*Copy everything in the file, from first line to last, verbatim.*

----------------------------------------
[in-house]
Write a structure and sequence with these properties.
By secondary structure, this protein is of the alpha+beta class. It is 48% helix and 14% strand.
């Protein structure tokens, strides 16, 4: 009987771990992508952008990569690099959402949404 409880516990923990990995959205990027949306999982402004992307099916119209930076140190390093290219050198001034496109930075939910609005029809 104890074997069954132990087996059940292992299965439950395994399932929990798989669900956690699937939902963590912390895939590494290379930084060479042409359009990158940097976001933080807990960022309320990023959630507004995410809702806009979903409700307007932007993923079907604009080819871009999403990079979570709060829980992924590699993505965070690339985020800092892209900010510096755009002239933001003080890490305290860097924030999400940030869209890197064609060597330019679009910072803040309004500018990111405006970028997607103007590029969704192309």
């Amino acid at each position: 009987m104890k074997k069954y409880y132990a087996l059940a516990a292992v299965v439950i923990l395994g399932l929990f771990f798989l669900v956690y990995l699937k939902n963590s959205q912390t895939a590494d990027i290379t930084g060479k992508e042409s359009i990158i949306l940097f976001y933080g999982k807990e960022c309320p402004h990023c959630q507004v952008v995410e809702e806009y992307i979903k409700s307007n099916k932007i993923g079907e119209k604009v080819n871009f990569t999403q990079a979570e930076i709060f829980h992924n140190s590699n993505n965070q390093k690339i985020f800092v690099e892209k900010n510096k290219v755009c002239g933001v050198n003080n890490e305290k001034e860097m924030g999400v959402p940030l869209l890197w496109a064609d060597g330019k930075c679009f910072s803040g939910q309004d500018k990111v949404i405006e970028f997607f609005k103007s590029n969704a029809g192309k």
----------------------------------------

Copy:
[in-house]
Write a structure and sequence with these properties.
By secondary structure, this protein is of the alpha+beta class. It is 48% helix and 14% strand.
């Protein structure tokens, strides 16, 4: 009987771990992508952008990569690099959402949404 409880516990923990990995959205990027949306999982402004992307099916119209930076140190390093290219050198001034496109930075939910609005029809 104890074997069954132990087996059940292992299965439950395994399932929990798989669900956690699937939902963590912390895939590494290379930084060479042409359009990158940097976001933080807990960022309320990023959630507004995410809702806009979903409700307007932007993923079907604009080819871009999403990079979570709060829980992924590699993505965070690339985020800092892209900010510096755009002239933001003080890490305290860097924030999400940030869209890197064609060597330019679009910072803040309004500018990111405006970028997607103007590029969704192309």
């Amino acid at each position: 009987m104890k074997k069954y409880y132990a087996l059940a516990a292992v299965v439950i923990l395994g399932l929990f771990f798989l669900v956690y990995l699937k939902n963590s959205q912390t895939a590494d990027i290379t930084g060479k992508e042409s359009i990158i949306l940097f976001y933080g999982k807990e960022c309320p402004h990023c959630q507004v952008v995410e809702e806009y992307i979903k409700s307007n099916k932007i993923g079907e119209k604009v080819n871009f990569t999403q990079a979570e930076i709060f829980h992924n140190s590699n993505n965070q390093k690339i985020f800092v690099e892209k900010n510096k290219v755009c002239g933001v050198n003080n890490e305290k001034e860097m924030g999400v959402p940030l869209l890197w496109a064609d060597g330019k930075c679009f910072s803040g939910q309004d500018k990111v949404i405006e970028f997607f609005k103007s590029n969704a029809g192309k």